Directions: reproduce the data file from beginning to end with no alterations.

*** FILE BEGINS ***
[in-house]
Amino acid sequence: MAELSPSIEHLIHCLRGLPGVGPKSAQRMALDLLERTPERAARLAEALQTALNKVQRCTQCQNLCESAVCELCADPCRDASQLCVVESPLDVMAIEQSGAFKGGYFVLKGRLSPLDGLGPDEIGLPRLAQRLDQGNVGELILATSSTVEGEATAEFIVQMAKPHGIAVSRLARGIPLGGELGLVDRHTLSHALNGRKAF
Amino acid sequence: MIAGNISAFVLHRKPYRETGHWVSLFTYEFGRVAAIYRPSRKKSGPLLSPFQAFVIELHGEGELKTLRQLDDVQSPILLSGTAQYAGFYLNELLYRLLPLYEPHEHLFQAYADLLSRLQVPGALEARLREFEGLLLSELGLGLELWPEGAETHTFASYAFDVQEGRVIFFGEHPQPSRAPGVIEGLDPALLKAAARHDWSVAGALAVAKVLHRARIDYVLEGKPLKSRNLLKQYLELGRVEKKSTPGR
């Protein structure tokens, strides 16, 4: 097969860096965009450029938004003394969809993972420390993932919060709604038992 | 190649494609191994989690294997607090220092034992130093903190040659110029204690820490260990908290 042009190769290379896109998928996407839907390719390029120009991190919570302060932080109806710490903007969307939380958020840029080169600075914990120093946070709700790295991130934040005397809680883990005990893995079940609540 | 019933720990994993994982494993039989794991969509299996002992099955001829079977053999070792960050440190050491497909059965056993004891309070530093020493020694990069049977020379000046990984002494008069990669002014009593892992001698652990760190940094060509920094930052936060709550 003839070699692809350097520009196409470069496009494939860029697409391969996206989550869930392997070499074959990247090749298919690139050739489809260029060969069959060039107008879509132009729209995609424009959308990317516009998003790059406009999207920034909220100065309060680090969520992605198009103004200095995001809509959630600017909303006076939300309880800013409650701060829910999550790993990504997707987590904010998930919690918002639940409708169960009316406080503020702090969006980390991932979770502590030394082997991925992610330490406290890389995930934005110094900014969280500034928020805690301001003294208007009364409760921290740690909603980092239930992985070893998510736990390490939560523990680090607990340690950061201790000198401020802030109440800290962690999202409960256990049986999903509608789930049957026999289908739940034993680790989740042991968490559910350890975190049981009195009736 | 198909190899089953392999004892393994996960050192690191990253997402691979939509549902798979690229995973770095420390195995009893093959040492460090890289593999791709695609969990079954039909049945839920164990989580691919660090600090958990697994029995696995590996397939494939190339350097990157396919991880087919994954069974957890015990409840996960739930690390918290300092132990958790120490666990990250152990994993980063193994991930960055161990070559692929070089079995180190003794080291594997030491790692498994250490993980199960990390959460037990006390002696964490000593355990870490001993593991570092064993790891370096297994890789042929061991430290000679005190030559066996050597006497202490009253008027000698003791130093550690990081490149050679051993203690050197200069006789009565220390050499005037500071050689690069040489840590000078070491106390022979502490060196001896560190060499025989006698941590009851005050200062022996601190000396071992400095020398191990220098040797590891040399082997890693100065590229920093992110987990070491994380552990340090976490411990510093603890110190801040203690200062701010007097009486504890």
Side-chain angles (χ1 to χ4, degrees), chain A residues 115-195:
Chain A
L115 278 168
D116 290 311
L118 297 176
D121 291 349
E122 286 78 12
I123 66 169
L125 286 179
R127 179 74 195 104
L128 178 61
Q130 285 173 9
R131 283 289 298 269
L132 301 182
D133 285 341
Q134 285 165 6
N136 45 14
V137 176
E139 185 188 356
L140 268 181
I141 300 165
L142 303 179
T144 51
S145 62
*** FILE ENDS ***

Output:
[in-house]
Amino acid sequence: MAELSPSIEHLIHCLRGLPGVGPKSAQRMALDLLERTPERAARLAEALQTALNKVQRCTQCQNLCESAVCELCADPCRDASQLCVVESPLDVMAIEQSGAFKGGYFVLKGRLSPLDGLGPDEIGLPRLAQRLDQGNVGELILATSSTVEGEATAEFIVQMAKPHGIAVSRLARGIPLGGELGLVDRHTLSHALNGRKAF
Amino acid sequence: MIAGNISAFVLHRKPYRETGHWVSLFTYEFGRVAAIYRPSRKKSGPLLSPFQAFVIELHGEGELKTLRQLDDVQSPILLSGTAQYAGFYLNELLYRLLPLYEPHEHLFQAYADLLSRLQVPGALEARLREFEGLLLSELGLGLELWPEGAETHTFASYAFDVQEGRVIFFGEHPQPSRAPGVIEGLDPALLKAAARHDWSVAGALAVAKVLHRARIDYVLEGKPLKSRNLLKQYLELGRVEKKSTPGR
């Protein structure tokens, strides 16, 4: 097969860096965009450029938004003394969809993972420390993932919060709604038992 | 190649494609191994989690294997607090220092034992130093903190040659110029204690820490260990908290 042009190769290379896109998928996407839907390719390029120009991190919570302060932080109806710490903007969307939380958020840029080169600075914990120093946070709700790295991130934040005397809680883990005990893995079940609540 | 019933720990994993994982494993039989794991969509299996002992099955001829079977053999070792960050440190050491497909059965056993004891309070530093020493020694990069049977020379000046990984002494008069990669002014009593892992001698652990760190940094060509920094930052936060709550 003839070699692809350097520009196409470069496009494939860029697409391969996206989550869930392997070499074959990247090749298919690139050739489809260029060969069959060039107008879509132009729209995609424009959308990317516009998003790059406009999207920034909220100065309060680090969520992605198009103004200095995001809509959630600017909303006076939300309880800013409650701060829910999550790993990504997707987590904010998930919690918002639940409708169960009316406080503020702090969006980390991932979770502590030394082997991925992610330490406290890389995930934005110094900014969280500034928020805690301001003294208007009364409760921290740690909603980092239930992985070893998510736990390490939560523990680090607990340690950061201790000198401020802030109440800290962690999202409960256990049986999903509608789930049957026999289908739940034993680790989740042991968490559910350890975190049981009195009736 | 198909190899089953392999004892393994996960050192690191990253997402691979939509549902798979690229995973770095420390195995009893093959040492460090890289593999791709695609969990079954039909049945839920164990989580691919660090600090958990697994029995696995590996397939494939190339350097990157396919991880087919994954069974957890015990409840996960739930690390918290300092132990958790120490666990990250152990994993980063193994991930960055161990070559692929070089079995180190003794080291594997030491790692498994250490993980199960990390959460037990006390002696964490000593355990870490001993593991570092064993790891370096297994890789042929061991430290000679005190030559066996050597006497202490009253008027000698003791130093550690990081490149050679051993203690050197200069006789009565220390050499005037500071050689690069040489840590000078070491106390022979502490060196001896560190060499025989006698941590009851005050200062022996601190000396071992400095020398191990220098040797590891040399082997890693100065590229920093992110987990070491994380552990340090976490411990510093603890110190801040203690200062701010007097009486504890």
Side-chain angles (χ1 to χ4, degrees), chain A residues 115-195:
Chain A
L115 278 168
D116 290 311
L118 297 176
D121 291 349
E122 286 78 12
I123 66 169
L125 286 179
R127 179 74 195 104
L128 178 61
Q130 285 173 9
R131 283 289 298 269
L132 301 182
D133 285 341
Q134 285 165 6
N136 45 14
V137 176
E139 185 188 356
L140 268 181
I141 300 165
L142 303 179
T144 51
S145 62